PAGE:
anonymous
  • anonymous
Verify the identity. cosine of x divided by quantity one plus sine of x plus quantity one plus sine of x divided by cosine of x equals two times secant of x.
Mathematics
  • Stacey Warren - Expert brainly.com
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SOLVED
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schrodinger
  • schrodinger
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misty1212
  • misty1212
HI!!
misty1212
  • misty1212
lets see if we can write this in math ok?
misty1212
  • misty1212
\[\frac{\cos(x)}{1+\sin(x)} +\frac{1+\sin(x)}{\cos(x)}\] right ?

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More answers

anonymous
  • anonymous
\[\frac{ cosx }{ 1+sinx }+\frac{ 1+sinx }{ cosx }= 2\sec x\]
misty1212
  • misty1212
yeah must be , since the answer is \(2\sec(x)\) lets do the addition and see it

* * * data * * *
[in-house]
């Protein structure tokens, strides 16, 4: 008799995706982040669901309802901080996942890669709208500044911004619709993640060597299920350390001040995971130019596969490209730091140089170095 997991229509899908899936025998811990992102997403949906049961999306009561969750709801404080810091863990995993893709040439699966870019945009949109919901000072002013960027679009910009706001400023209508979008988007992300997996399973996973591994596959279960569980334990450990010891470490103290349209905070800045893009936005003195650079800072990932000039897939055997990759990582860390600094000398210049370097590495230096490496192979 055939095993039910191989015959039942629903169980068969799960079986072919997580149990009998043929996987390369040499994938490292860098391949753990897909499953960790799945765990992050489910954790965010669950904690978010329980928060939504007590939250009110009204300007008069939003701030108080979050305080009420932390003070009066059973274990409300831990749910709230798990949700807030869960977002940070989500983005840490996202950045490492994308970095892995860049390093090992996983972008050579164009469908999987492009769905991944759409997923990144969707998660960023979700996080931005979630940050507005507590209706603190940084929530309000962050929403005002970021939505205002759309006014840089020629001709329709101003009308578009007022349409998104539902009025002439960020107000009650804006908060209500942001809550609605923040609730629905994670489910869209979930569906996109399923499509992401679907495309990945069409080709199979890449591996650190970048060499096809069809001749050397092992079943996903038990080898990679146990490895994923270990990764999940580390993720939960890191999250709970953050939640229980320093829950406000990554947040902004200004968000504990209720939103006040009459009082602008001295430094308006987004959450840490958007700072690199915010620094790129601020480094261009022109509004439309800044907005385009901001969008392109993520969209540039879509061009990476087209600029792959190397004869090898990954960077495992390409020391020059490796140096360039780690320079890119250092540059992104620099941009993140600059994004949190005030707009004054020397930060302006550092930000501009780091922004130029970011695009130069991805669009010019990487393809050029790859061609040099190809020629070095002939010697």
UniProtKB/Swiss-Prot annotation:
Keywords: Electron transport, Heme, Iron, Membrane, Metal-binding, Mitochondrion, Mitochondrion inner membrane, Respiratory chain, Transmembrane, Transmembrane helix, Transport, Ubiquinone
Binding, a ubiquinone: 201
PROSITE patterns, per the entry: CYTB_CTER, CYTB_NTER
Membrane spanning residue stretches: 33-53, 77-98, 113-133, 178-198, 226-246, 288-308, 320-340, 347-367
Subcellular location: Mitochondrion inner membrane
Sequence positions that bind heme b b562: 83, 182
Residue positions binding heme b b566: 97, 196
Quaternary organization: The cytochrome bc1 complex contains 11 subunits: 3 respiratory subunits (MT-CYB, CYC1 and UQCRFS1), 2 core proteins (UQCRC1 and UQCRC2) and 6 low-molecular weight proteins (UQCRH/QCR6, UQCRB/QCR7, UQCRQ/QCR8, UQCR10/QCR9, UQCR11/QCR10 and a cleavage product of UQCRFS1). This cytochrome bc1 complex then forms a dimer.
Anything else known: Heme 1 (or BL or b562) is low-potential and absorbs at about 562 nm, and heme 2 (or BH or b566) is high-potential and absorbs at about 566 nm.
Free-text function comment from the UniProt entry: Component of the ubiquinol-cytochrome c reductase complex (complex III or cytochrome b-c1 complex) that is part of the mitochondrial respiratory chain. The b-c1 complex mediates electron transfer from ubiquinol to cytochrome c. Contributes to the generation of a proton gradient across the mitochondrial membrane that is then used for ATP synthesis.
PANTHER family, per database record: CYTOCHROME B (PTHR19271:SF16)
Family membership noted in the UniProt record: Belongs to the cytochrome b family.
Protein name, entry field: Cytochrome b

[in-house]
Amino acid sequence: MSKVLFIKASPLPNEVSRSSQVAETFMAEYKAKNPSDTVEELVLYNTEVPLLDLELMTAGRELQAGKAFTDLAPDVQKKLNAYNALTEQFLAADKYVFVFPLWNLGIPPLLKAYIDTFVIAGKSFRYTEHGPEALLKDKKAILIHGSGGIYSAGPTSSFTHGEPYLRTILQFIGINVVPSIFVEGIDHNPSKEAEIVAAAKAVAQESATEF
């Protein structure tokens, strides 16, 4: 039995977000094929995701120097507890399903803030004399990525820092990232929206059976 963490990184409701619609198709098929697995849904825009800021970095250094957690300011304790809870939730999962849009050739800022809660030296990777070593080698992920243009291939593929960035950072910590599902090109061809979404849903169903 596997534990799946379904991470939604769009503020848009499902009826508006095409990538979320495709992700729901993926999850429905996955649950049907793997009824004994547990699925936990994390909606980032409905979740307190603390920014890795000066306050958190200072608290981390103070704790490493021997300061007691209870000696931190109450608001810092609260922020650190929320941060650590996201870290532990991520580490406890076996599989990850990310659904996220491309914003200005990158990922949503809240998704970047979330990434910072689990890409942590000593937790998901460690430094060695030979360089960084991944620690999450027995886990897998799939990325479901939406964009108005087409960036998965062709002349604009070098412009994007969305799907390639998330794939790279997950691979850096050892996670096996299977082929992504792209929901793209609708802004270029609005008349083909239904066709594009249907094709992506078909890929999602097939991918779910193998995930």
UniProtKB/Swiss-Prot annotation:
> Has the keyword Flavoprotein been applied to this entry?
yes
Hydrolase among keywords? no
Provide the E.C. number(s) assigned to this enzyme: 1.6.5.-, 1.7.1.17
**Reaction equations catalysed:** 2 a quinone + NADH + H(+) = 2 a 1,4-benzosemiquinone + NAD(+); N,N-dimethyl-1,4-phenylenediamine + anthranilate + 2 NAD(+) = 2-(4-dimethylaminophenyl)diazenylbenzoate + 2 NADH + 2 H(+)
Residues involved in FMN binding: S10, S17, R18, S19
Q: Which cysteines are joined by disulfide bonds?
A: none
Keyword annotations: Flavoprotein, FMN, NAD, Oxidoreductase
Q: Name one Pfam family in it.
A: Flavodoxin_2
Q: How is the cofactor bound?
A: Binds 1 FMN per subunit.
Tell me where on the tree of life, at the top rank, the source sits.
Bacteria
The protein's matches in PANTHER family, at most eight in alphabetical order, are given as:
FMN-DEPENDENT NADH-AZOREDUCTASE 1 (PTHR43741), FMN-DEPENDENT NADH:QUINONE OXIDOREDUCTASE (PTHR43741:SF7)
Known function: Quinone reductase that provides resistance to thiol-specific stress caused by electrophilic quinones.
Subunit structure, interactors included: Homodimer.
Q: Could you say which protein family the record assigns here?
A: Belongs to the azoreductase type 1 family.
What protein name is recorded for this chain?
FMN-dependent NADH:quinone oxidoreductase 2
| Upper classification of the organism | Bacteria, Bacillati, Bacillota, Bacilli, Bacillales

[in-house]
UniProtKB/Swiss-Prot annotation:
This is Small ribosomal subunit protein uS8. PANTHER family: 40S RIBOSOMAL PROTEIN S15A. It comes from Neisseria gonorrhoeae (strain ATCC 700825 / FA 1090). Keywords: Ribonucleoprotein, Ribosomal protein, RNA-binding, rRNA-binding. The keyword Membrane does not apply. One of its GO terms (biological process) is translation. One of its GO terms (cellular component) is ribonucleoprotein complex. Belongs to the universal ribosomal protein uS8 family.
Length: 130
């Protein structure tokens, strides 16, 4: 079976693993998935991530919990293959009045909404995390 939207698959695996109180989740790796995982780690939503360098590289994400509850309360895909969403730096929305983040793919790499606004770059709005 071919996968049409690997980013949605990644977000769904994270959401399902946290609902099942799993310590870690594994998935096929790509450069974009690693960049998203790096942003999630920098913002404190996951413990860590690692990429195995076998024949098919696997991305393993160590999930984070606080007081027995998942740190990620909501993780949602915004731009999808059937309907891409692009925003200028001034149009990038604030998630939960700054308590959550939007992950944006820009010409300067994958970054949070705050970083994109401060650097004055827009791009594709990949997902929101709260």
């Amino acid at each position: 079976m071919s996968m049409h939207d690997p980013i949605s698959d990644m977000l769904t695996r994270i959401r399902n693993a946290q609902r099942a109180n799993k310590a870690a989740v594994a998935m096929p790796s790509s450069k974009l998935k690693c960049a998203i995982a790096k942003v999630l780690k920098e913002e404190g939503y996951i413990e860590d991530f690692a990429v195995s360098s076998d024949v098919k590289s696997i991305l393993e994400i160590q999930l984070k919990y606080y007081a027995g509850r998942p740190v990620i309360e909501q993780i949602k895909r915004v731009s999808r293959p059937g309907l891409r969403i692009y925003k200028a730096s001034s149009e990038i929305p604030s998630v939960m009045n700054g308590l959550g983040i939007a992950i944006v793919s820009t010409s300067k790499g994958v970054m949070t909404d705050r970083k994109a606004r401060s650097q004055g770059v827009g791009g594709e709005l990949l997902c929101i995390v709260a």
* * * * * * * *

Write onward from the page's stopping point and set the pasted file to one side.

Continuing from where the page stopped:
anonymous
  • anonymous
Isn't it 2sec x
misty1212
  • misty1212
yes it is
anonymous
  • anonymous
because everything else cancels out. yay
misty1212
  • misty1212
lets do the addition and see it trick i learned via @satellite73 put \(\cos(x)=a\), and \(\sin(x)=b\) get \[\frac{a}{1+b}+\frac{1+b}{a}\] when you add you get \[\frac{a^2+(1+b)^2}{(1+b)a}\]
misty1212
  • misty1212
nothing cancels yet, we gotta multiply out up top \[\frac{a^2+1+2b+b^2}{(1+b)a}\]
misty1212
  • misty1212
then since \(a^2+b^2=1\) you have \[\frac{2+2b}{(a+b)a}=\frac{2(1+b)}{(1+b)a}=\frac{2}{a}\]
misty1212
  • misty1212
replacing \(a\) by \(\cos(x)\) you are left with \[\frac{2}{\cos(x)}=2\sec(x)\]
misty1212
  • misty1212
hope all steps are clear, it is easier to write with a and b instead of cosine and sine
anonymous
  • anonymous
Thank you!! @misty1212
anonymous
  • anonymous
@misty1212 when you are done can you help me??
misty1212
  • misty1212
\[\color\magenta\heartsuit\]

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